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    • Join Date: Feb 2010
    • Posts: 6

    Red face Trouble Pronouncing Sentences

    Hi guys, sorry my title is a bit general. I've been an English speaker for about 13 years now and find myself free of grammatical and spelling errors. However, I sometimes have a huge problem in pronouncing. I speak quite fast, and I do find myself making less errors if I speak slower, but everyone around me is speaking so fast it'd be weird if I spoke slower... Anyways, for example, if I were to say the sentence, "I am going to traffic school", I would say it as, "I am going to traffi school" without the "k" sound. Of course, unless I say it veryyy slowly... But if I were to say it fast, my mouth would get all weird.... Any way to improve that?

    Another problem is saying a sentence that has words ending in "sh" and immediately followed by an s word. Example: "I'm not a native English speaker." I would pronounce is like: "... English shpeaker."

    Do any of you native speakers have this problem too?

    • Join Date: Oct 2006
    • Posts: 19,434

    Re: Trouble Pronouncing Sentences

    I do not think it uncommon, particularly when speaking quickly.

    • Join Date: Dec 2009
    • Posts: 576

    Re: Trouble Pronouncing Sentences

    Almost all native Scottish people I hear drop word final plosive sounds (p, b, t, d, k, g) - most notably 't'. It doesn't have anything to do with social class anymore. It probably did not very long ago, but now most people drop these sounds.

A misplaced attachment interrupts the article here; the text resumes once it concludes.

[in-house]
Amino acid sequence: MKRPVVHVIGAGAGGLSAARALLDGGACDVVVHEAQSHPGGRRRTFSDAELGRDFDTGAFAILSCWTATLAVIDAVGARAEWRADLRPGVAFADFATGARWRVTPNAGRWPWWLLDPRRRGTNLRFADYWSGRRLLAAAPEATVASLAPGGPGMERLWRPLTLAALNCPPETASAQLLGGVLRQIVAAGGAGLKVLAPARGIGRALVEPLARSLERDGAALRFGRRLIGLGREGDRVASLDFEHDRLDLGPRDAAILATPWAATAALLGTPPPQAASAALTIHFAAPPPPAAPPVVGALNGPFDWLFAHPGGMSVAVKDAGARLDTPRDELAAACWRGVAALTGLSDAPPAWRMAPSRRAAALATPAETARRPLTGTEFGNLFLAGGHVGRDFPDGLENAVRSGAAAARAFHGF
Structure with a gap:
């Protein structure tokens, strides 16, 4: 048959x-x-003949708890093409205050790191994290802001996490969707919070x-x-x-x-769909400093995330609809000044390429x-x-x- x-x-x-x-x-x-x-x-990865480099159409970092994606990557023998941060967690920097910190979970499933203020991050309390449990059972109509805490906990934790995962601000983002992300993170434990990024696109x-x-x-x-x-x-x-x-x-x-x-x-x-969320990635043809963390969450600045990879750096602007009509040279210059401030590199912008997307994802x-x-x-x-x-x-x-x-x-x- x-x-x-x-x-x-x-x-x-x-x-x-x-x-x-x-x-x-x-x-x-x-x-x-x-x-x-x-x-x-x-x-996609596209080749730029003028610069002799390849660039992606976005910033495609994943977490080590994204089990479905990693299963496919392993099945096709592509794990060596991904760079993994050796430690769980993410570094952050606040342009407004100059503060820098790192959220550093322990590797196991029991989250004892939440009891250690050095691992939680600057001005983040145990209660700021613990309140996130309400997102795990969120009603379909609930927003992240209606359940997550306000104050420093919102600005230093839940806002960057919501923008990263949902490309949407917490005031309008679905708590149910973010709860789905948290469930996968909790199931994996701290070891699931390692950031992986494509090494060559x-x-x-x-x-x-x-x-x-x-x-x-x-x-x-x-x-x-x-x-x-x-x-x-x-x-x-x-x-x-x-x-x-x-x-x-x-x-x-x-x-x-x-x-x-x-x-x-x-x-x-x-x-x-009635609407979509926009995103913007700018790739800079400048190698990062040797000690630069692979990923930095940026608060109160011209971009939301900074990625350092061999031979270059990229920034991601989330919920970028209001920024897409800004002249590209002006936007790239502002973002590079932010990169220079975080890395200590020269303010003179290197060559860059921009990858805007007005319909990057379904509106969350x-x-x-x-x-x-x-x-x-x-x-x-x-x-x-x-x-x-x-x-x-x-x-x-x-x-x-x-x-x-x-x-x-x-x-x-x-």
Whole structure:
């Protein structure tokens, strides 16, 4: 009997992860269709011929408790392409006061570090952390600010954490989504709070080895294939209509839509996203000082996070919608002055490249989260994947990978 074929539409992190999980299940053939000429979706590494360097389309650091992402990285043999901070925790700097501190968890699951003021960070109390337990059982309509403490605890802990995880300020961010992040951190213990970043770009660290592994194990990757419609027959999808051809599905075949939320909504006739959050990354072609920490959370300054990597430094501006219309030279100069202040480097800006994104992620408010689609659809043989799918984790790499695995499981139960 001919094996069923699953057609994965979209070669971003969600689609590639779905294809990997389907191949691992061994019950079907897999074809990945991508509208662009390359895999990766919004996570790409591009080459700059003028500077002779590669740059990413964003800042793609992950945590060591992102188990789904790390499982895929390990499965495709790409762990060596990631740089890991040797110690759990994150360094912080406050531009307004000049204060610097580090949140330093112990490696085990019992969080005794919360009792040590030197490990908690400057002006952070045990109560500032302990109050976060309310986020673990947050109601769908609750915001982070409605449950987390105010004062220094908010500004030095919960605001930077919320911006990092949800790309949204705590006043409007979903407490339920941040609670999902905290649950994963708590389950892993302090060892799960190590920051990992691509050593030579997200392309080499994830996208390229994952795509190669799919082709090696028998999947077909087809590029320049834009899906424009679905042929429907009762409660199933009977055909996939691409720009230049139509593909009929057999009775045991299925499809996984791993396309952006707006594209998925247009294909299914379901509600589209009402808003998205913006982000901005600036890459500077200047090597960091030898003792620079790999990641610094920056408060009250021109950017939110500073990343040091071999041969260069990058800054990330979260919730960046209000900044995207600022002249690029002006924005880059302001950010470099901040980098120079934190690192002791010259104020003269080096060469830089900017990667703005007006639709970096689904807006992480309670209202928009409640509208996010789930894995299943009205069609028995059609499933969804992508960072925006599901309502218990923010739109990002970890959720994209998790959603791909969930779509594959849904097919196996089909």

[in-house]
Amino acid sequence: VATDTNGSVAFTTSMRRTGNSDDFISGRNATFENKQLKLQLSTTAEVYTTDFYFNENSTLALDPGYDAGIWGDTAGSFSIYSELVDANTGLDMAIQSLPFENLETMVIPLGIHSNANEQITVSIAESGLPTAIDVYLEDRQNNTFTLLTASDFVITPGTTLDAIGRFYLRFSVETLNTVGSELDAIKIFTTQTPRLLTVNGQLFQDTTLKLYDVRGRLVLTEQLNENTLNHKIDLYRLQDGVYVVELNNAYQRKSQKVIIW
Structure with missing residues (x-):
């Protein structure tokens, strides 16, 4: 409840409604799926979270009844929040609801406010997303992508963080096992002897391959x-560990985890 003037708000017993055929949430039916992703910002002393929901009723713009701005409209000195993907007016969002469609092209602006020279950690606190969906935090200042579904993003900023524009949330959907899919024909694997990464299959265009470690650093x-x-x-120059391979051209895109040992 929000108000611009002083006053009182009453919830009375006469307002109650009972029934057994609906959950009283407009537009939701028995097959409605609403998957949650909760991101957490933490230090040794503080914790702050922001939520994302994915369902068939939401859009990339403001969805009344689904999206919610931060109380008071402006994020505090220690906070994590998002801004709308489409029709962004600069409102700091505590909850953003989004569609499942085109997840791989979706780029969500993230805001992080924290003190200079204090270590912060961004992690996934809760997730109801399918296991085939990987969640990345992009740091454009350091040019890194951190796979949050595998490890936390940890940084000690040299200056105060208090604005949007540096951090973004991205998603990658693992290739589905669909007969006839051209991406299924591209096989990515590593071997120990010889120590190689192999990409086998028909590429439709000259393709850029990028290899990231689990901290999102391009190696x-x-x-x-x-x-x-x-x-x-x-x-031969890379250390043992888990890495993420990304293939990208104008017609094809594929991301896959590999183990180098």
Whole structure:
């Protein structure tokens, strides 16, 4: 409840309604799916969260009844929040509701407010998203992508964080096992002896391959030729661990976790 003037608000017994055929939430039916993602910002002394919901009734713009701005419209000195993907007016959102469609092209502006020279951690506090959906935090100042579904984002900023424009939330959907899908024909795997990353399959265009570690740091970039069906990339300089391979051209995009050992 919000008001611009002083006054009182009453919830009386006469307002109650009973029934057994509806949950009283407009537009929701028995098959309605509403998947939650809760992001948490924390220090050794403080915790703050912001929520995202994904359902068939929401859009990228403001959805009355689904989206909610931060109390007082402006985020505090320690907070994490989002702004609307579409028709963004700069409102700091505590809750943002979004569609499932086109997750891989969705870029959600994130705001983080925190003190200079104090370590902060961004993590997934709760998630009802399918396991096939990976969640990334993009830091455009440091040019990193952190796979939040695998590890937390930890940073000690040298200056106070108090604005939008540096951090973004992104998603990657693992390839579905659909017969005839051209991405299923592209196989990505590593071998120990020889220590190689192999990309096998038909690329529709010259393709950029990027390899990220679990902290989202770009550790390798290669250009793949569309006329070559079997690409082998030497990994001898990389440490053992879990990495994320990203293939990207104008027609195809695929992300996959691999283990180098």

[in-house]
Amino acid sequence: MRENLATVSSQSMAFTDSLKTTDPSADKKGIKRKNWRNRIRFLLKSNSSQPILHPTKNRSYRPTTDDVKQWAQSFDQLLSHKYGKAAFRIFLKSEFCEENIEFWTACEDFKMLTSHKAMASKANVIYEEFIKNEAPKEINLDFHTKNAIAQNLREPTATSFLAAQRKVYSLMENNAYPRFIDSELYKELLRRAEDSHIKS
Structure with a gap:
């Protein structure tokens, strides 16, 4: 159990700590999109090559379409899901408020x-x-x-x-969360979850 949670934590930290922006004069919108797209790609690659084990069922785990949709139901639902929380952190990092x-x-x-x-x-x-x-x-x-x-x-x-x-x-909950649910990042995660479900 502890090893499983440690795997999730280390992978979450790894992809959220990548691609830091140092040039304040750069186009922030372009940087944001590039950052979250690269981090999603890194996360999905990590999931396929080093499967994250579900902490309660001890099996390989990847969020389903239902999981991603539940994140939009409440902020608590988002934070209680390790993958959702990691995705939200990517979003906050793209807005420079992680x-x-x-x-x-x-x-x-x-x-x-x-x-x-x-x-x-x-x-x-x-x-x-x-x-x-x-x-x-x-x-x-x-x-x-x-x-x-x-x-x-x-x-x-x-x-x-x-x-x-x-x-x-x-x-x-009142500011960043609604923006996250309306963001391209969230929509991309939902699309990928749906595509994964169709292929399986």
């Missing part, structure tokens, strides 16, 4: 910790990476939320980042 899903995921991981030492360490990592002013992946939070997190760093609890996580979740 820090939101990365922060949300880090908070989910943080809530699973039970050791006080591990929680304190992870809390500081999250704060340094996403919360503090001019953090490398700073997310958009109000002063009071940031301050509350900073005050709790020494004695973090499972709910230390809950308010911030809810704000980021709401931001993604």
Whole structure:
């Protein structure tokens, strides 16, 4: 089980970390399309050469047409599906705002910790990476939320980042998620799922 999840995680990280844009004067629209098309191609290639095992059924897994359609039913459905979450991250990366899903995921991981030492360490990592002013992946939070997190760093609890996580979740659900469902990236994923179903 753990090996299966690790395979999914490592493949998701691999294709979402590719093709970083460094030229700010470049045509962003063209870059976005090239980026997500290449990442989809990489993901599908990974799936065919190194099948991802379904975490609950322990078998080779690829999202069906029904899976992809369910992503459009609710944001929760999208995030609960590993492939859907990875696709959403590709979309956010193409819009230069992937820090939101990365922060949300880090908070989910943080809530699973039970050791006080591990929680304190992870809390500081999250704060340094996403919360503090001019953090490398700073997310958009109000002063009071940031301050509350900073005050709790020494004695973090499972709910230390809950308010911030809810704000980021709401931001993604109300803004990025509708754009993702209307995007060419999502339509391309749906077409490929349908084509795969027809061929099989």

I say 'drop', but if we were to be pedantic, they don't 'drop' the sounds completely. Rather they replace them with a glottal stop, or don't release the plosive. I presume this is what you do 'taffi cop' without a glottal stop would sound more like one work 'trafficop' - the glottal stop is perceived as a slight 'break' between the words.

    In other words, the glottal stop is an allophone for word final plosive sounds (mostly the voiceless ones: p, t, and k). What this means is that if you replace these sounds with the glottal stop (a perceived break, as you described) they would consider this the 'target' word.

    In other words(!), it's fine.

    Similarly with 'English speaker' sounding more like 'English peaker'.

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    Re: Trouble Pronouncing Sentences

    More than likely, unless your conversation mates are responding with non sequiturs, you are doing OK.

    Native speakers drop or gloss over the ending consonants of words all of the time.

    For example, here in western PA, the supermarket "Giant Eagle" is pronounced as if the "T" did not exist.

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